Mount Hope Historical County Park was once a booming iron mining and processing site that lies within the Highlands Physiographic Province (which is a narrow band of very old, hard, diverse rock containing deposits of various minerals). Three separate veins were previously mined at this Park that contain the remains of the Teabo, Allen, and Richard Mine properties.
Early settlers began mining iron ore at Mount Hope around 1710 and, except for brief periods, the mines were continuously worked for over 250 years. By the 1880s, mine operations began to decrease production levels, due to the rise of mining in the Mid-West, eventually closing during the Depression. Briefly, the mines re-opened due to demand of iron ore for World War 2. The New Leonard complex was constructed in 1942-43 and by 1950, Mount Hope under Shamoon Industries had surpassed all other New Jersey mines in the total production of iron ore. In 1959, the demand for ore fell once again and the mine closed.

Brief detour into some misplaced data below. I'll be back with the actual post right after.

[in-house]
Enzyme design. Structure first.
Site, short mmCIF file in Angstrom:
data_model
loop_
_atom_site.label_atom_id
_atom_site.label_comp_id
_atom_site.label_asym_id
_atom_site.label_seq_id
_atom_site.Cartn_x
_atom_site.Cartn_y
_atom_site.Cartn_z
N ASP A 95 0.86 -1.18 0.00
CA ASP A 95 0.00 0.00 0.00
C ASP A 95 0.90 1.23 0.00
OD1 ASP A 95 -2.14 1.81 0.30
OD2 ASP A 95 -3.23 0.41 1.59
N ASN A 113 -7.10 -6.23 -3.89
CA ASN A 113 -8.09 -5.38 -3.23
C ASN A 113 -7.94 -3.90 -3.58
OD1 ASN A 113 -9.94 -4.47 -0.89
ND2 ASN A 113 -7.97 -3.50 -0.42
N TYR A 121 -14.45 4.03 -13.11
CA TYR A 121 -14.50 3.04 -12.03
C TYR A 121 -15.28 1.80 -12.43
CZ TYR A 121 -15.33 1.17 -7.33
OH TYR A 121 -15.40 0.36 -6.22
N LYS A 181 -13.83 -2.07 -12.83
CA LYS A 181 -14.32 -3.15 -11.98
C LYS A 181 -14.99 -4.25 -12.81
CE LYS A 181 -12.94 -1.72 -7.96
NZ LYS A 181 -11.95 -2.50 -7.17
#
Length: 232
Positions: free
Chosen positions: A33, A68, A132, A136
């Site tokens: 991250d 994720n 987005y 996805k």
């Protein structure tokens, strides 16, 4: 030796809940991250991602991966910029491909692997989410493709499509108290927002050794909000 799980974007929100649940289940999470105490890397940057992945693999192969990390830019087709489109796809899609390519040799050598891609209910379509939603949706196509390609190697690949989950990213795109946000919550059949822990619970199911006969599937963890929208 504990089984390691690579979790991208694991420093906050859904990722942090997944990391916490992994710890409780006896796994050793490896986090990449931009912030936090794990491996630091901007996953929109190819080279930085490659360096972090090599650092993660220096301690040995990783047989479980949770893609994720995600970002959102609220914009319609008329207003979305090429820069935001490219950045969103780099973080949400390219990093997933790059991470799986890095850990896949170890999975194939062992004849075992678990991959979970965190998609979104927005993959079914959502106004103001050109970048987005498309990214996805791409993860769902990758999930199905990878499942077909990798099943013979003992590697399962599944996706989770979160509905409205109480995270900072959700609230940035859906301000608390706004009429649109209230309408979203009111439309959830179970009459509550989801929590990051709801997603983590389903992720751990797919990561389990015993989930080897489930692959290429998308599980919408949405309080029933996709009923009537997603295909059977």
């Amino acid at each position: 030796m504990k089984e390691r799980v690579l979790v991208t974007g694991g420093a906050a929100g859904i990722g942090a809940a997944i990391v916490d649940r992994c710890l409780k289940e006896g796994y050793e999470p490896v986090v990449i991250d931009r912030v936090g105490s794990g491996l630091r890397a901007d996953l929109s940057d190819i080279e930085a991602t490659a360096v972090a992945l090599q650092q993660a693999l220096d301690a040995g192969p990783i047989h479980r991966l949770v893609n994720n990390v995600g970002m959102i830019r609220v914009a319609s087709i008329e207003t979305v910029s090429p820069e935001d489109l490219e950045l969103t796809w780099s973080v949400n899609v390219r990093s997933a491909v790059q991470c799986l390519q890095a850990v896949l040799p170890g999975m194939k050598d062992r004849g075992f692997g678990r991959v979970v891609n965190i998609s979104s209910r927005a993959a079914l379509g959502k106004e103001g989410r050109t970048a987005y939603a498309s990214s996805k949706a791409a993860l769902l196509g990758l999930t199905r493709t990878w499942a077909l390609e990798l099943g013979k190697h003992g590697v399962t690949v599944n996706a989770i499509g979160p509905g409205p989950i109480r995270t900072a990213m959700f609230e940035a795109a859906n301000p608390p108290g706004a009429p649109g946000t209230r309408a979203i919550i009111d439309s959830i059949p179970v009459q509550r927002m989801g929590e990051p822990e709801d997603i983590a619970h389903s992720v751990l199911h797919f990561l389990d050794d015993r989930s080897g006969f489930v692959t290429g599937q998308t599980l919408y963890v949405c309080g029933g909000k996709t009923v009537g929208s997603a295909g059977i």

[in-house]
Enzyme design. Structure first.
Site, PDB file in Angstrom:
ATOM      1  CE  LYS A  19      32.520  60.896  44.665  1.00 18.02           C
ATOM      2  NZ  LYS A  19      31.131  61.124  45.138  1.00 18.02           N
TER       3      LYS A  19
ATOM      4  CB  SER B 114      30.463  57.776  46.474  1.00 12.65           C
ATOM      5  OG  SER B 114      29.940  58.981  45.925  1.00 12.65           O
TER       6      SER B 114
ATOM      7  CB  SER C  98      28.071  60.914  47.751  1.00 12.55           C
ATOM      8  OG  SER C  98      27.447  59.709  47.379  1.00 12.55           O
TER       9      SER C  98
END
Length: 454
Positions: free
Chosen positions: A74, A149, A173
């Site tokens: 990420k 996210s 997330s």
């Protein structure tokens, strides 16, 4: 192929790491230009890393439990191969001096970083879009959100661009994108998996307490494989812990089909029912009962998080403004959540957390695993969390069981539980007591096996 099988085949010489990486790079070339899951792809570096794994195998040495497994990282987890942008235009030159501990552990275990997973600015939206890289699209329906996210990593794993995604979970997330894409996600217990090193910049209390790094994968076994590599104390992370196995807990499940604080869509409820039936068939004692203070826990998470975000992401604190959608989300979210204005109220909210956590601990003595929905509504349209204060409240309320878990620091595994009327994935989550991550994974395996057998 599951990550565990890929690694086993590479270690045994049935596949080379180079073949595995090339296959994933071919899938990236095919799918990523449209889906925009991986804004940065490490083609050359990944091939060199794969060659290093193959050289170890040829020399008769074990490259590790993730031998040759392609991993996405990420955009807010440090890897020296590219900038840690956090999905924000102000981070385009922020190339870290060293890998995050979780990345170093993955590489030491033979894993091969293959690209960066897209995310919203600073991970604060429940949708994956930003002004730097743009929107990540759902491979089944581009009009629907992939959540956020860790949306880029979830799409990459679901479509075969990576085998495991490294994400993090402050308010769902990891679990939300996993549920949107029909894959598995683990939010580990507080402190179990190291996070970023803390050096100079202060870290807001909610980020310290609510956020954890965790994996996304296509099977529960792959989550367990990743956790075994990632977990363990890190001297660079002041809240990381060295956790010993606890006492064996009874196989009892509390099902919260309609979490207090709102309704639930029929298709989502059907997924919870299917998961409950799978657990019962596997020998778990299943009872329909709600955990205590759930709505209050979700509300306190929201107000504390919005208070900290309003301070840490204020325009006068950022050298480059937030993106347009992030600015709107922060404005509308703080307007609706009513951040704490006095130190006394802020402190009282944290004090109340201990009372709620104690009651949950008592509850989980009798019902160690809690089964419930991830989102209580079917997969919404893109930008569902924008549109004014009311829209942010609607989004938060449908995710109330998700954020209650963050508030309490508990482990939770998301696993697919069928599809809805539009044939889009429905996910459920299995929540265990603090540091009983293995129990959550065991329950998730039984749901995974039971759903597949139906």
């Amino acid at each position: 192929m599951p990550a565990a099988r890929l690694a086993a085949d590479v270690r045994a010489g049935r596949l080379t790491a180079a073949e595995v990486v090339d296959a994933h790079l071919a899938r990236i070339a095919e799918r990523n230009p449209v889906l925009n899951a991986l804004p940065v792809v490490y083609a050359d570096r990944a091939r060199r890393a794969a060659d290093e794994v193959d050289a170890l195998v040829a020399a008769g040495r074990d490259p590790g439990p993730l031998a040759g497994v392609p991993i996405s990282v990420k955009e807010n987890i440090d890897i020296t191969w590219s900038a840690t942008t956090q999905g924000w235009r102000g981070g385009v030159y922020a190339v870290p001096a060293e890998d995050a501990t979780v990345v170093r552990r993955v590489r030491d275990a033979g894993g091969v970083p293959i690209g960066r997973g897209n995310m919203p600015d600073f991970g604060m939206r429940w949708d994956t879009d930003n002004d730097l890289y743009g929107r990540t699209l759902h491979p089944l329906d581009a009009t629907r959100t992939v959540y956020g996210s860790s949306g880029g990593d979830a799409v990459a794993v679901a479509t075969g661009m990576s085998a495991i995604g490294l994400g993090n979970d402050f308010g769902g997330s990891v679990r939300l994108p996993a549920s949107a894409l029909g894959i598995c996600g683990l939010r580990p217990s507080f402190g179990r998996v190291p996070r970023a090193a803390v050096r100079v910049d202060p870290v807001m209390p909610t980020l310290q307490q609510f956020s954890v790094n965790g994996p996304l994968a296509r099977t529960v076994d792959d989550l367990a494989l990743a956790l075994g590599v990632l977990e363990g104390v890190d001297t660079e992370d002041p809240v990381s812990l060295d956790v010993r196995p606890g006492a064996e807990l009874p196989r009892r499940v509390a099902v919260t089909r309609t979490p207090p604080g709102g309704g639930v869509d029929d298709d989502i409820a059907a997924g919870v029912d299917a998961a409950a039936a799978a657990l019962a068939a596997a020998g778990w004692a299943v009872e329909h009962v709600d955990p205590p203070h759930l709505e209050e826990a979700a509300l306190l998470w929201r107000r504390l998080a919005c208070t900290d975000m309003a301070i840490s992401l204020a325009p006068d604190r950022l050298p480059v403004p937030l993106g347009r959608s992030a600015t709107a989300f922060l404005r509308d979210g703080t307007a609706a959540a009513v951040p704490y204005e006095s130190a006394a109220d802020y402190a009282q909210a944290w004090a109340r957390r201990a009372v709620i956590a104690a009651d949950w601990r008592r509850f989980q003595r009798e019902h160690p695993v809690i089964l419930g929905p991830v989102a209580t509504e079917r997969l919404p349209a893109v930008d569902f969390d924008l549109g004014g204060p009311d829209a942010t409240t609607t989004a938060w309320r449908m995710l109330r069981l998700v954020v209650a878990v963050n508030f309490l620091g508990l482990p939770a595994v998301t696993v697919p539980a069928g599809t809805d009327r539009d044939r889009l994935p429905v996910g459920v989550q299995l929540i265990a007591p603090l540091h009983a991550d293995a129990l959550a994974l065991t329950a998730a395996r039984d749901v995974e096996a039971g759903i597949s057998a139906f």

Located within the Park is the Mount Hope Miners Church. The church, dedicated in 1868, was built in the Vernacular Italian style and enlarged in the early 20th century. It was constructed by the Mt. Hope Mining Company “for the benefit of any society of Christians that might desire to worship in it.” Originally serving the area’s many Cornish immigrant miners, it closed in 1984 when the congregation dwindled to fewer than 20 families.
The first parcel of land was acquired by the Morris County Park Commission in 1991, with additional acreage added in subsequent years.